Mexico City: Around 17,000 people from an indigenous group in western Mexico have blocked access to their community and declared a “state of siege” against armed groups protecting illegal loggers, a spokesman said.
“It’s a desperate measure” faced with the lack of security from federal authorities, a spokesman for the Purepecha community told a news conference yesterday in Mexico City, wearing a face mask to remain anonymous.
It was a “self-imposed state of siege” that started April 15 in the village of Cheran, in Michoacan state, not far from famous sanctuaries for migrating Monarch butterflies, the spokesman said.
The community started the blockade after armed men fired on some of its members after they captured illegal loggers to hand them over to the authorities, he added.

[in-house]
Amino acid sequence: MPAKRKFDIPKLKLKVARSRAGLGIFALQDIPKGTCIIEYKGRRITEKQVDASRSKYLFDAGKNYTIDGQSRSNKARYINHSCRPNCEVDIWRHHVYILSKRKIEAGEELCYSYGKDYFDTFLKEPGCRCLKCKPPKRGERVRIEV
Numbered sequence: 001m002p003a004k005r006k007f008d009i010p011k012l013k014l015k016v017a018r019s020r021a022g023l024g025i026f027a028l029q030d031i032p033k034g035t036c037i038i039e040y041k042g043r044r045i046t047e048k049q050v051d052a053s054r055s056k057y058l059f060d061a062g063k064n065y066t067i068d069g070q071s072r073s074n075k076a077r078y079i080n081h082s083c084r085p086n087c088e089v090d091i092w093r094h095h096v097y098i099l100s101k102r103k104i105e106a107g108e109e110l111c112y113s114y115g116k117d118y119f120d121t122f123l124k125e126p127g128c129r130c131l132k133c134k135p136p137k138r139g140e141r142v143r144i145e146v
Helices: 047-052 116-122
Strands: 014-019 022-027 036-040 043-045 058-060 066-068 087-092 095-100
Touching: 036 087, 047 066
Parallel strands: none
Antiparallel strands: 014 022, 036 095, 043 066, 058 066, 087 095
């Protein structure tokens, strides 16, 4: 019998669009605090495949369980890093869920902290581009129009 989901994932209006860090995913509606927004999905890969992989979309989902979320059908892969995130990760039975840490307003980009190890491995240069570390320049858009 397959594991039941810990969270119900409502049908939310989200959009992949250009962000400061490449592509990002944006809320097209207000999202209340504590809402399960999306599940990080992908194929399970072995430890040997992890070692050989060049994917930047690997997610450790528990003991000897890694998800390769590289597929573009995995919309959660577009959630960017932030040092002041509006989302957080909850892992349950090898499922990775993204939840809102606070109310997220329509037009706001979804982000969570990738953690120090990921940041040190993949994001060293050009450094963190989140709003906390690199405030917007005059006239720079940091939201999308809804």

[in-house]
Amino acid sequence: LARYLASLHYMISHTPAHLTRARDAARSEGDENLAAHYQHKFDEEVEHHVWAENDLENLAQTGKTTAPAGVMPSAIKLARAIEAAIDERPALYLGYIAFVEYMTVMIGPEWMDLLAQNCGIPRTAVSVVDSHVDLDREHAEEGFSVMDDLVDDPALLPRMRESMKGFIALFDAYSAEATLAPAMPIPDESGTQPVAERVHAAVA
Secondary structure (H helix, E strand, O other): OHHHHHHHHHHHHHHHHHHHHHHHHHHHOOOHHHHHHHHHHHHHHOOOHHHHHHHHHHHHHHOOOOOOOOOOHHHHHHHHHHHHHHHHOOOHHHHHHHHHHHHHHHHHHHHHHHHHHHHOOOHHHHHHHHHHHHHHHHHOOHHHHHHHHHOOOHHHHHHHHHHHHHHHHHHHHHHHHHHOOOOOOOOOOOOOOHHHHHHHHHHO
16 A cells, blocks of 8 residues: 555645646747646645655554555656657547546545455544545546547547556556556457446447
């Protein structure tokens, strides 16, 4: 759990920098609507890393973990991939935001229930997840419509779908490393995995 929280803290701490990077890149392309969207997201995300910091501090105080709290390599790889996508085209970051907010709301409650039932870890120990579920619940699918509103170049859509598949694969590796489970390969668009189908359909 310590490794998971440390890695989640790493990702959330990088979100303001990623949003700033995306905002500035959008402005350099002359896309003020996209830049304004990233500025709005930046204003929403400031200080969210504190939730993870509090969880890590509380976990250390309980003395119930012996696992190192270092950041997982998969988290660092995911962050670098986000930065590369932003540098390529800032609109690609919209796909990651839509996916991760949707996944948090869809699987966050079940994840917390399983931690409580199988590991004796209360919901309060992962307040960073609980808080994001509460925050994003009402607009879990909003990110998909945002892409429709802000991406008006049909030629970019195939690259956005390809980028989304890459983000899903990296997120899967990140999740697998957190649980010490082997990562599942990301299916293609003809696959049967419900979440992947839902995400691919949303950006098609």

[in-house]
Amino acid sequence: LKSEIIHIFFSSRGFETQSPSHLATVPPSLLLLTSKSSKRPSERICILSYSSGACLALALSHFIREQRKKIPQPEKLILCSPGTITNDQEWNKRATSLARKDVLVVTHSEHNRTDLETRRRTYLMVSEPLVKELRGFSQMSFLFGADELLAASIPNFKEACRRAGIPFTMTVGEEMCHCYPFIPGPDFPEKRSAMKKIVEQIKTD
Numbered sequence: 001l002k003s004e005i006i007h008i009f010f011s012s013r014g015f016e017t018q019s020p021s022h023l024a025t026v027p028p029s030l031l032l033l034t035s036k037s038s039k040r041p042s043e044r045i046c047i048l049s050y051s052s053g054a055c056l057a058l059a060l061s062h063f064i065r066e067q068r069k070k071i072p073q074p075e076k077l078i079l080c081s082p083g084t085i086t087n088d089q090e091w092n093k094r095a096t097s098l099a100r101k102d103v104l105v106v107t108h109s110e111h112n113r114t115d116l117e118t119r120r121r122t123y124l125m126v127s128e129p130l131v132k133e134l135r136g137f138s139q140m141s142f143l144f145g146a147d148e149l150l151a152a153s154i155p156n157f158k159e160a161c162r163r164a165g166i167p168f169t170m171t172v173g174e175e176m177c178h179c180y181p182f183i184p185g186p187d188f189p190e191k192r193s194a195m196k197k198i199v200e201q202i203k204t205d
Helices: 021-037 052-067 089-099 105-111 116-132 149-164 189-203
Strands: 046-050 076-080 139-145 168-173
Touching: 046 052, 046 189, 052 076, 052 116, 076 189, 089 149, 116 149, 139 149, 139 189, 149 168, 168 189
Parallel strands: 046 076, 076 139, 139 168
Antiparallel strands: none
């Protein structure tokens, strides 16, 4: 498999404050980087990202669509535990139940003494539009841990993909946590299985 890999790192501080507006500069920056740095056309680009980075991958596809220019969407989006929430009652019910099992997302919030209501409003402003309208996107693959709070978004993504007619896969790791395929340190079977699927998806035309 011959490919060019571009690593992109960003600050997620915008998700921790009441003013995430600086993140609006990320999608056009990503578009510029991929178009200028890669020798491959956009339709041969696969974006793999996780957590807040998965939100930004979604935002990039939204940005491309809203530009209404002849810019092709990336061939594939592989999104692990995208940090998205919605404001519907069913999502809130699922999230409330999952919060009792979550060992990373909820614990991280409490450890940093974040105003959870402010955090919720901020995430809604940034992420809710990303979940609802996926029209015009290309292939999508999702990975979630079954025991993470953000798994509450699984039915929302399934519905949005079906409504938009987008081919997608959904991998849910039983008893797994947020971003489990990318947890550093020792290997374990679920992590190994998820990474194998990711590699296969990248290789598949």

An armed group entered the community on April 27 and killed two people. Since 2008, nine have been killed and five others have disappeared, he said.
Illegal loggers have deforested 80 percent of some 30,000 acres (12,000 hectares) of the region’s forests in more than three years, according to the community.
“But during the past year, the groups seem to be supported by organized crime groups,” the spokesman said.
Michoacan is one of a string of regions hit by rising violence blamed on drug gangs since the launch of a government offensive on organized crime in December 2006.